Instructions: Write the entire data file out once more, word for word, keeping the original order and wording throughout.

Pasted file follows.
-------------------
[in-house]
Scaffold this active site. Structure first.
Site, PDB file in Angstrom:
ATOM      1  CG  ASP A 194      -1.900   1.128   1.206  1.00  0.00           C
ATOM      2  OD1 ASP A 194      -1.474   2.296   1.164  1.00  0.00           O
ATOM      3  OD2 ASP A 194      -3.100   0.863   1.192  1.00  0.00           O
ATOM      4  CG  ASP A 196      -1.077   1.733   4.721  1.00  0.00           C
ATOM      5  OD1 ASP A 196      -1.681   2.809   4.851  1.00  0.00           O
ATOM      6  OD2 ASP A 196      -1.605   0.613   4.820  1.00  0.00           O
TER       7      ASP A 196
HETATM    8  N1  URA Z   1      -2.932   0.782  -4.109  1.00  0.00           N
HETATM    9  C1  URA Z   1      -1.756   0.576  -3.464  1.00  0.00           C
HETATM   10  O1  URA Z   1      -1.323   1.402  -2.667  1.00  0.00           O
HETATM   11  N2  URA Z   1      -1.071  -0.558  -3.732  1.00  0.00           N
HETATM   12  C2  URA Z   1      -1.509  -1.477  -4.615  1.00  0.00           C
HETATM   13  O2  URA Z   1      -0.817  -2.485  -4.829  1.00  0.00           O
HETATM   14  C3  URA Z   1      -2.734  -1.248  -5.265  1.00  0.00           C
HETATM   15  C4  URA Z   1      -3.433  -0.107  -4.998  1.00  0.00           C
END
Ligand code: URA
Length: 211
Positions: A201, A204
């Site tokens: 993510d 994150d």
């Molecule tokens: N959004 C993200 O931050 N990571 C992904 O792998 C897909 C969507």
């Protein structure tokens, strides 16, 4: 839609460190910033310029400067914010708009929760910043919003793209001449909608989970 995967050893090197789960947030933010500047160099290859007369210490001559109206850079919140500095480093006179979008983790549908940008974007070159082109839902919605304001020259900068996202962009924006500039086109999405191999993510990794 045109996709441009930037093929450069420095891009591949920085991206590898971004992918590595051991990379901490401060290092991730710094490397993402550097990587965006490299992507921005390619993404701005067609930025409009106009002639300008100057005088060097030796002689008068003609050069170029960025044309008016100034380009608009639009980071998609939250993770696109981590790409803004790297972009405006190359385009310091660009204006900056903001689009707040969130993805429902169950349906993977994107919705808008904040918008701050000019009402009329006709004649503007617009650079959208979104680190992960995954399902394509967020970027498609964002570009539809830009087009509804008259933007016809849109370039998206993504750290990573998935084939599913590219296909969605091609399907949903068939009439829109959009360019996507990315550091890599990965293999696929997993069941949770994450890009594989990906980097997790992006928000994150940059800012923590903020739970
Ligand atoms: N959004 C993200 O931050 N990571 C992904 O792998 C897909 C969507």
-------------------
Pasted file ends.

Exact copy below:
[in-house]
Scaffold this active site. Structure first.
Site, PDB file in Angstrom:
ATOM      1  CG  ASP A 194      -1.900   1.128   1.206  1.00  0.00           C
ATOM      2  OD1 ASP A 194      -1.474   2.296   1.164  1.00  0.00           O
ATOM      3  OD2 ASP A 194      -3.100   0.863   1.192  1.00  0.00           O
ATOM      4  CG  ASP A 196      -1.077   1.733   4.721  1.00  0.00           C
ATOM      5  OD1 ASP A 196      -1.681   2.809   4.851  1.00  0.00           O
ATOM      6  OD2 ASP A 196      -1.605   0.613   4.820  1.00  0.00           O
TER       7      ASP A 196
HETATM    8  N1  URA Z   1      -2.932   0.782  -4.109  1.00  0.00           N
HETATM    9  C1  URA Z   1      -1.756   0.576  -3.464  1.00  0.00           C
HETATM   10  O1  URA Z   1      -1.323   1.402  -2.667  1.00  0.00           O
HETATM   11  N2  URA Z   1      -1.071  -0.558  -3.732  1.00  0.00           N
HETATM   12  C2  URA Z   1      -1.509  -1.477  -4.615  1.00  0.00           C
HETATM   13  O2  URA Z   1      -0.817  -2.485  -4.829  1.00  0.00           O
HETATM   14  C3  URA Z   1      -2.734  -1.248  -5.265  1.00  0.00           C
HETATM   15  C4  URA Z   1      -3.433  -0.107  -4.998  1.00  0.00           C
END
Ligand code: URA
Length: 211
Positions: A201, A204
């Site tokens: 993510d 994150d």
């Molecule tokens: N959004 C993200 O931050 N990571 C992904 O792998 C897909 C969507």
């Protein structure tokens, strides 16, 4: 839609460190910033310029400067914010708009929760910043919003793209001449909608989970 995967050893090197789960947030933010500047160099290859007369210490001559109206850079919140500095480093006179979008983790549908940008974007070159082109839902919605304001020259900068996202962009924006500039086109999405191999993510990794 045109996709441009930037093929450069420095891009591949920085991206590898971004992918590595051991990379901490401060290092991730710094490397993402550097990587965006490299992507921005390619993404701005067609930025409009106009002639300008100057005088060097030796002689008068003609050069170029960025044309008016100034380009608009639009980071998609939250993770696109981590790409803004790297972009405006190359385009310091660009204006900056903001689009707040969130993805429902169950349906993977994107919705808008904040918008701050000019009402009329006709004649503007617009650079959208979104680190992960995954399902394509967020970027498609964002570009539809830009087009509804008259933007016809849109370039998206993504750290990573998935084939599913590219296909969605091609399907949903068939009439829109959009360019996507990315550091890599990965293999696929997993069941949770994450890009594989990906980097997790992006928000994150940059800012923590903020739970
Ligand atoms: N959004 C993200 O931050 N990571 C992904 O792998 C897909 C969507």